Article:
Historic New England presents the tenth annual Program in New England Studies (PINES), an intensive learning experience with lectures by curators and architectural historians, workshops, and behind-the-scenes tours of Historic New England’s properties and collections, as well as of other museums and private homes in the region. This year’s program begins on June 17 with Cary Carson on the 17th century in the Boardman House and ends on June 22 with Richard Nylander and Nancy Carlisle on the Colonial Revival at Beauport.
PINES examines New England history and material culture from the seventeenth century through the Colonial Revival, and delves into building design and technology, and the wide-ranging lifestyles illustrated by the historic sites on the itinerary. Highlights include private tours of Historic New England properties in Greater Boston; Essex County, Massachusetts; Portsmouth, New Hampshire; South Berwick, Maine; and Woodstock, Connecticut; workshops in furniture, ceramics, and textiles at Historic New England’s facility in Haverhill, Massachusetts; and a private tour of the Art of the Americas Wing at the Museum of Fine Arts, Boston, with curator Gerald Ward.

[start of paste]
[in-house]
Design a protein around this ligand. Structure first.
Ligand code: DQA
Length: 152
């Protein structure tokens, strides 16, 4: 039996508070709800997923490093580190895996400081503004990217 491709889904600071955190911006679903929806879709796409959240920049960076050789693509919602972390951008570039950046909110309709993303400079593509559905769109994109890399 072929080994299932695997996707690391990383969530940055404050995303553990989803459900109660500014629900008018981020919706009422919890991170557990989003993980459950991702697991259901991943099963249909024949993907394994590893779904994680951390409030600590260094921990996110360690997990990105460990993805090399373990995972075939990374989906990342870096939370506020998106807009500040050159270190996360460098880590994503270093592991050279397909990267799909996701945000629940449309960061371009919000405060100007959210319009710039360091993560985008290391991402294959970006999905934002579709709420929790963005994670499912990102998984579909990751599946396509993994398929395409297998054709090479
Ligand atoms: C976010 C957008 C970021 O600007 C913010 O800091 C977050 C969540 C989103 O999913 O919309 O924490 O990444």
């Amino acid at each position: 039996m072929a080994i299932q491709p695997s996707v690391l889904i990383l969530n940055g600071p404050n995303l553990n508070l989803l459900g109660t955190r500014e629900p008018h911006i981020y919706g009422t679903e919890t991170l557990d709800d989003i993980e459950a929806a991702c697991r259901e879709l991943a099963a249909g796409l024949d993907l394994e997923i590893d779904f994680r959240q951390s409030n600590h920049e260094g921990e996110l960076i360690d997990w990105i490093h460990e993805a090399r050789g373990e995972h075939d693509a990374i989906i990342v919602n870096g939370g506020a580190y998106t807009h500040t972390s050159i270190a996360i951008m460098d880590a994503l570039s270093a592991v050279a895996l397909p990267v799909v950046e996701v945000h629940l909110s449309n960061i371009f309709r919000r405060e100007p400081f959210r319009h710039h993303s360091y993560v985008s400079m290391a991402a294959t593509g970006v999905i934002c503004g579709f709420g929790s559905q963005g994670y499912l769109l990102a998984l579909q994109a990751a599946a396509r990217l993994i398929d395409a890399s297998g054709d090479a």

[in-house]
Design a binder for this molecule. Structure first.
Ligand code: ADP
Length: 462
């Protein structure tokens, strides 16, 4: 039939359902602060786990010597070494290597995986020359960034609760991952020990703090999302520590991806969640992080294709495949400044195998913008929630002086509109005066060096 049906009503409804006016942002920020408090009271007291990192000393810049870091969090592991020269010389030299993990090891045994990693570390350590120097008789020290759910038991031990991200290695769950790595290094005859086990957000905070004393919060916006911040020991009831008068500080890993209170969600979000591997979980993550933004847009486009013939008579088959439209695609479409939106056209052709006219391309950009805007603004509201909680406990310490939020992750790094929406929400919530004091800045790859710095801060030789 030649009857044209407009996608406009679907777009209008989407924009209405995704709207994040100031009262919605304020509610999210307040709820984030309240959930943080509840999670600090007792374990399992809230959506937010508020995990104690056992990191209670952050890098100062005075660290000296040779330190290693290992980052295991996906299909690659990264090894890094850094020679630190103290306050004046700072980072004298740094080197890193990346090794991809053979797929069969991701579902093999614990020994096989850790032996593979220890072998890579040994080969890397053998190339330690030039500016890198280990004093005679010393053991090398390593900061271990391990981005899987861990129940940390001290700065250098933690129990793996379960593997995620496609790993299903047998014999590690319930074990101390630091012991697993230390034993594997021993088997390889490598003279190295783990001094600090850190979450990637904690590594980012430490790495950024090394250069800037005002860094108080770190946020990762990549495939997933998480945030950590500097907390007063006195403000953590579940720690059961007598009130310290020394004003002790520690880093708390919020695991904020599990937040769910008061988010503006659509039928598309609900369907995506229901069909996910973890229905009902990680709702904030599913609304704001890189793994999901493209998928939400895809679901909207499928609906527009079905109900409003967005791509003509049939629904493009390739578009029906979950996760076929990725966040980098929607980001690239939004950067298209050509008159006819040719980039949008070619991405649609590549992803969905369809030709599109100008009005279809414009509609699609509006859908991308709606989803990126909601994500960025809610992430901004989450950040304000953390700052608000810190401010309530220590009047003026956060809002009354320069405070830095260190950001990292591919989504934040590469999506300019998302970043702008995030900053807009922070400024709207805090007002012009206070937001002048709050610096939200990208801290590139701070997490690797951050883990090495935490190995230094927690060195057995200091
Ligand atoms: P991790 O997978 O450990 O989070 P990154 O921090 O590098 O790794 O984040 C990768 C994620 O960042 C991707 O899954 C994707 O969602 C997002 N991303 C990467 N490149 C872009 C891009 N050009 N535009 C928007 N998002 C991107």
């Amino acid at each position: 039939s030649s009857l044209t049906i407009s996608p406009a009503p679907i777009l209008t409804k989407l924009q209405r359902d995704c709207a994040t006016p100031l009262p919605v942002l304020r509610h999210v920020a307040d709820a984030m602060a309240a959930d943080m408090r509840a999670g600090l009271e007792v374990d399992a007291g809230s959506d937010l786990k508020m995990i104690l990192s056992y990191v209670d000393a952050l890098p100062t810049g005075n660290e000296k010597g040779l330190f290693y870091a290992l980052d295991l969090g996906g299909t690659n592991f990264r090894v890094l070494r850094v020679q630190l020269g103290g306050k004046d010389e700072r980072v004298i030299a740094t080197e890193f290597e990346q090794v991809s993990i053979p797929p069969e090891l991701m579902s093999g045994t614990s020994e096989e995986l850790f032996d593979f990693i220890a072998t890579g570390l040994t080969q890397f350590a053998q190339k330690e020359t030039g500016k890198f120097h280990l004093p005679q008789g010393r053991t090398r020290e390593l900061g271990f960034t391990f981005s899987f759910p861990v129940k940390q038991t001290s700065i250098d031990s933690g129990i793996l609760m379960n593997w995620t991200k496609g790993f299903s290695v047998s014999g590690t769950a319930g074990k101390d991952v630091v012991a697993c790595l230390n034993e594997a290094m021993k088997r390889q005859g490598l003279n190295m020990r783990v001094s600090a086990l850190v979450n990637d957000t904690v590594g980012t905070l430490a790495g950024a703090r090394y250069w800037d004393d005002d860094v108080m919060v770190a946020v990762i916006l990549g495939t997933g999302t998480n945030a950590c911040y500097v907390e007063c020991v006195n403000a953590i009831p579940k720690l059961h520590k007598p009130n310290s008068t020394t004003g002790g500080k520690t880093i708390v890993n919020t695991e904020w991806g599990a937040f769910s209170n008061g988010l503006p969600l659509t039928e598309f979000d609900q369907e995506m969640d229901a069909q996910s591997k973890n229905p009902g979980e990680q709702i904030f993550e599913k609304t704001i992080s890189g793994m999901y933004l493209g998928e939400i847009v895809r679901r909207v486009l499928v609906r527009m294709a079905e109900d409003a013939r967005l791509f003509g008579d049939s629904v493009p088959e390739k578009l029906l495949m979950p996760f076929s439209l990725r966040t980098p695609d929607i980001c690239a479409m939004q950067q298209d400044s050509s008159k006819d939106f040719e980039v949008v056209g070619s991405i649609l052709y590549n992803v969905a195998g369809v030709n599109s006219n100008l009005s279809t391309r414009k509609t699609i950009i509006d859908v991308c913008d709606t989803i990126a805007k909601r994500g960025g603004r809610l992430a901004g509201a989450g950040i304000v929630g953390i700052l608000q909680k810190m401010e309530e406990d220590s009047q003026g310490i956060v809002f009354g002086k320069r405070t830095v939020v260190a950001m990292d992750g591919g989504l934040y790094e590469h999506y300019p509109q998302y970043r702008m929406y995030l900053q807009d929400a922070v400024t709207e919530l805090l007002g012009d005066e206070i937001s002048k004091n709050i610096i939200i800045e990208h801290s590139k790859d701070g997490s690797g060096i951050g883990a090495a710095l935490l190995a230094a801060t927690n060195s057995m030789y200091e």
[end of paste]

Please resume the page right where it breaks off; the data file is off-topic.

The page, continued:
PINES is designed to appeal to owners of historic houses, collectors, museum professionals, graduate students, and those who enjoy New England history, and is limited to twenty-five participants. Registration is $1,550, which includes all lectures, workshops, tours, admission fees, daily meals for breakfast and lunch, scheduled evening receptions, and transportation for site visits and excursions. Scholarships are available to mid-career museum professionals and graduate students in the fields of architecture, decorative arts, material culture, or public history. For more information or to register, visit Program in New England Studies, call 617-994-6629, or write Ken Turino.